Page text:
Strategic Forum launches crane safety initiative on anniversary of 2006 south London tragedy
A vigil was held this morning to commemorate the second anniversary of the Battersea crane disaster, in which two men were killed.
Jonathon Cloke, the crane driver, and Michael Alexa, a member of the public, were killed when a crane toppled over on the south London site in 2006.
Relatives and friends of the two men were joined by local residents for the short ceremony, which included the erection of a remembrance plaque and a minute's silence.
Today also brings the launch of the Strategic Forum's Safe Crane Campaign, to be held at the nearby Mount Anvil site in Wandsworth - the first site to adopt the forum's new safety recommendations.
The campaign is geared towards enabling the public to contact a site should they have concerns over crane safety. Posters will be displayed at all sites under the Considerate Constructors Scheme, with a site contact number for members of the public to call if they have concerns about crane safety.
Speakers at the event included Mount Anvil’s director of operations, Peter Burslem. He said that after the Battersea fatalities Mount Anvil had decided that the yearly and six-monthly examinations required by Lifting Operations and Lifting Equipment Regulations were too infrequent. Cranes on Mount Anvil sites are now thoroughly and independently examined every three months.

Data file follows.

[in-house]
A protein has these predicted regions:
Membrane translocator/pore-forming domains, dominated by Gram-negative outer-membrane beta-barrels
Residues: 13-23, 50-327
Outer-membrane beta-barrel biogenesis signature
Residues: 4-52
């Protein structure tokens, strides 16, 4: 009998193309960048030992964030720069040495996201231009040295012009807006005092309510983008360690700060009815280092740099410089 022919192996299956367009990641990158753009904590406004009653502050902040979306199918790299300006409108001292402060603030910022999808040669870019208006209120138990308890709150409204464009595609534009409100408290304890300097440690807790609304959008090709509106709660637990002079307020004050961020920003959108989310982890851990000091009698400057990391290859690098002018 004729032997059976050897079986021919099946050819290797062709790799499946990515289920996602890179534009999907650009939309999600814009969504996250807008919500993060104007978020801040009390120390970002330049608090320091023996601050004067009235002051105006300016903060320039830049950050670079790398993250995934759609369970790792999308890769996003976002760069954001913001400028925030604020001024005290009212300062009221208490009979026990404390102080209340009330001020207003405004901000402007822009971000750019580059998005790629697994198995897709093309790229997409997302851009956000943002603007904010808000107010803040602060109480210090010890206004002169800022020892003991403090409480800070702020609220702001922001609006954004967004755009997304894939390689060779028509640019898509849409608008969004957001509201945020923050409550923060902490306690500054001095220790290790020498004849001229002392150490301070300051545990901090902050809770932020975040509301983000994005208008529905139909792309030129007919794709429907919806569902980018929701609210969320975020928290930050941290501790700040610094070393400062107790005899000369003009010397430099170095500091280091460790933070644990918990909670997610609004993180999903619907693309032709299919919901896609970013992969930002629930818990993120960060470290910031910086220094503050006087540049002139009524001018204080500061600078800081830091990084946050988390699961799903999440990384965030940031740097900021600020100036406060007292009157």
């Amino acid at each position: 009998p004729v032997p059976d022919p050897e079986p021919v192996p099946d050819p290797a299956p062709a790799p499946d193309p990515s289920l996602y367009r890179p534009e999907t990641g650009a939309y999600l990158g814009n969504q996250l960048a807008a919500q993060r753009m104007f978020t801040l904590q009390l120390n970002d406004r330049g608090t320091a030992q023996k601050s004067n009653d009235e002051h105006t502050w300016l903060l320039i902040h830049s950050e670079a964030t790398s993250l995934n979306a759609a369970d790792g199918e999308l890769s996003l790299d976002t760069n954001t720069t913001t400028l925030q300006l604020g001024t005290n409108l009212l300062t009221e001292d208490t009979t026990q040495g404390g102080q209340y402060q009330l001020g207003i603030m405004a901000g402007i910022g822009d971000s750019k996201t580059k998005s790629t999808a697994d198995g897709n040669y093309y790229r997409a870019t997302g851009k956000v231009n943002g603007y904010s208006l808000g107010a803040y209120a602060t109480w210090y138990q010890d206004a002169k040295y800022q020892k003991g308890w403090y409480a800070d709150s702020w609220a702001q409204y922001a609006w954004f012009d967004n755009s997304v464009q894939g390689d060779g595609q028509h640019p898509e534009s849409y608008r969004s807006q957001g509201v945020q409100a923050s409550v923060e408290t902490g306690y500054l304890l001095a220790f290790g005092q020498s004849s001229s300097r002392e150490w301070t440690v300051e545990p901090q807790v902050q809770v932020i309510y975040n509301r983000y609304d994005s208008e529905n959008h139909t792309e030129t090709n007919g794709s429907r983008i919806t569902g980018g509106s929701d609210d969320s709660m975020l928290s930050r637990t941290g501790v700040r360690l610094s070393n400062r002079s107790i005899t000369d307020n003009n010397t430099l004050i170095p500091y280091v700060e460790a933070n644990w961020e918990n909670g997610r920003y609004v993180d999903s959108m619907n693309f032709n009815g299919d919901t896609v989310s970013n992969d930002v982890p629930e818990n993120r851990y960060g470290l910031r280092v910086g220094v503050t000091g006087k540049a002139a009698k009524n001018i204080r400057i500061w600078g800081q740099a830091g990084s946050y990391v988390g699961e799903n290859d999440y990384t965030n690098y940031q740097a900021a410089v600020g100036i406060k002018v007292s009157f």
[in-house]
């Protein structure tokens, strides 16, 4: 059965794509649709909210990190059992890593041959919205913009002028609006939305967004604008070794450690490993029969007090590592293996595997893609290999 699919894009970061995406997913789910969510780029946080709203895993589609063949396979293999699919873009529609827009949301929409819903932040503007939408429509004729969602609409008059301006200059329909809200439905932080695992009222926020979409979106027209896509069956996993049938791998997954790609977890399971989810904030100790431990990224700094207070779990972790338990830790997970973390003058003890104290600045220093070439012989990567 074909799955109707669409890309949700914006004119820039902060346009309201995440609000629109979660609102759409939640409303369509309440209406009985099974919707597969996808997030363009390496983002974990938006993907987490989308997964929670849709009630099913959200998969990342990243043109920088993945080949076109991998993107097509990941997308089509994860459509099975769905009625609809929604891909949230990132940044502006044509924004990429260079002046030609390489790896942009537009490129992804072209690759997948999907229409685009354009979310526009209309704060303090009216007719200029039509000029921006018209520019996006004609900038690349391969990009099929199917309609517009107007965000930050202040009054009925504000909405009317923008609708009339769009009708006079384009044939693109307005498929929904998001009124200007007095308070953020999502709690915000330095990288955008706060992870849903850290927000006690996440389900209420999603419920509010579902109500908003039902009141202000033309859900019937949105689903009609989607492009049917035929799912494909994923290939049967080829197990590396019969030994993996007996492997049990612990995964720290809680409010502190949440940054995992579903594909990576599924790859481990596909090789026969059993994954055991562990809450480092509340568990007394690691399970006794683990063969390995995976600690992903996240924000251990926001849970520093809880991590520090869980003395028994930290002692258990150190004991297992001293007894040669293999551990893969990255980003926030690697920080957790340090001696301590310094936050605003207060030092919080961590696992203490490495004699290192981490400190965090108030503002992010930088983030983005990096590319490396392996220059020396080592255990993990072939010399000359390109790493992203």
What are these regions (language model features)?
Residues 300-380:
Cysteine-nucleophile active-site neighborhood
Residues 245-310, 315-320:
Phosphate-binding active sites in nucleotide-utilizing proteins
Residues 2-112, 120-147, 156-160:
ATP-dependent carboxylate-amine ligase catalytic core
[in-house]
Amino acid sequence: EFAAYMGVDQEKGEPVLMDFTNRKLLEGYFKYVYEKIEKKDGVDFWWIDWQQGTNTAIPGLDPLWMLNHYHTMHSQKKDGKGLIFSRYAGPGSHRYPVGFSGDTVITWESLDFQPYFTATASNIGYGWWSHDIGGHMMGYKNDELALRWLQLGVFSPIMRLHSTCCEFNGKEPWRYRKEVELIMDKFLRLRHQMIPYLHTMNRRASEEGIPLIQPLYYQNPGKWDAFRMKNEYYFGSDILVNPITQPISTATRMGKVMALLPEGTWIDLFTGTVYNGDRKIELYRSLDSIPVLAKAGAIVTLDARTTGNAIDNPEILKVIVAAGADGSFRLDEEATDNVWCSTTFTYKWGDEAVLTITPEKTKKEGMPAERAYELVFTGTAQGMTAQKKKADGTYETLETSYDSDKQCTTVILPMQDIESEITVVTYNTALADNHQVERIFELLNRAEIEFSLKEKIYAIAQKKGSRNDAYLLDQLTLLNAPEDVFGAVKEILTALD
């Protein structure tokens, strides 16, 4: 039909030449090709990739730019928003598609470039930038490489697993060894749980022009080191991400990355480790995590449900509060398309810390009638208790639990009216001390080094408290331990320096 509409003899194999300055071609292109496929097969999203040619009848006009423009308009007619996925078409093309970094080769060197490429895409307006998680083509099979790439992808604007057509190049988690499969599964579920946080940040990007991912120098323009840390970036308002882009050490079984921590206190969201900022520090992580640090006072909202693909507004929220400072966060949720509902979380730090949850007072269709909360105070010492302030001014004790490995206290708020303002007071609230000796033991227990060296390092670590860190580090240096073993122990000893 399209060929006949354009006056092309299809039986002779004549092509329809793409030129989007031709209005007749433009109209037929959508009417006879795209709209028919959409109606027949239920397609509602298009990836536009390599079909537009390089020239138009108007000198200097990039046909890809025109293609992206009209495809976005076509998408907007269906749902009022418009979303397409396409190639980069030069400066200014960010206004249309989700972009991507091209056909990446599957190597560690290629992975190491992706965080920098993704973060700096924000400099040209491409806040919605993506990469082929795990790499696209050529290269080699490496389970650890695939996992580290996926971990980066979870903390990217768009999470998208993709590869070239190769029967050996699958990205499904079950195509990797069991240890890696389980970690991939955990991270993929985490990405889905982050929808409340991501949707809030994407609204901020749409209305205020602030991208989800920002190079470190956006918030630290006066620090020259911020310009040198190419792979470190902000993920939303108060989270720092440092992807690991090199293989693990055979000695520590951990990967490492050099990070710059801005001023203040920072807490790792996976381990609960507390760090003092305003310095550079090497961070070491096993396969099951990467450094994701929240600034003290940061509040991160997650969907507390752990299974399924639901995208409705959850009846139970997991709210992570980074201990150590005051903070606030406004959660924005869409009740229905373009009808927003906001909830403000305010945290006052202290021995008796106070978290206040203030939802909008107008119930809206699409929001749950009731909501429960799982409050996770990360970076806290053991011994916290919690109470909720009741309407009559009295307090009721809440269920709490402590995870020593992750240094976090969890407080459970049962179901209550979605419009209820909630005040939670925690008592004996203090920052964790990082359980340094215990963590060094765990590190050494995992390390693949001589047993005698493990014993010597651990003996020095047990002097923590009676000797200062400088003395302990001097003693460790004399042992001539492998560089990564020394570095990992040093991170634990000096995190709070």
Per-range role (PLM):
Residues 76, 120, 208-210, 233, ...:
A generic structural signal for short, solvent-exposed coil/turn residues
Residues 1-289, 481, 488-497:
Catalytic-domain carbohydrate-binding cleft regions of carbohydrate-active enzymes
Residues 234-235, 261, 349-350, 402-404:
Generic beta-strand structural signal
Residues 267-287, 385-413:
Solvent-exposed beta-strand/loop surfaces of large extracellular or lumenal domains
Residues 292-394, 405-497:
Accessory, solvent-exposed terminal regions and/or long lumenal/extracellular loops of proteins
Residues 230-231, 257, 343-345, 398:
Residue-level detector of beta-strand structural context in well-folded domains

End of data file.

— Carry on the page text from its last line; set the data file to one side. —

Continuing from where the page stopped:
Julia Brandreth, spokesperson for the BCDAG, welcomed Mount Anvil’s commitment to three-monthly checks and called on the tower crane industry to follow this lead. She also added that the BCDAG will continue to push for a central register of cranes.
Liliana Alexa, secretary of the Battersea Crane Disaster Action Group (BCDAG) and mother of Michael Alexa, said today sent a “clear message that that our campaign will continue until crane deaths are stopped”.
Angela Bedy, Michael Alexa's partner, said she wants “the government, the HSE [Health and Safety Executive] and the building industry to understand that fatalities and injuries to workers in crane collapses are not acceptable. No member of the public should die, as my partner did, simply because they are near a building site. Construction safety is a huge public health issue.”
Following a series of crane accidents, Building's Safer Skyline campaign called for greater regulation of tower crane safety.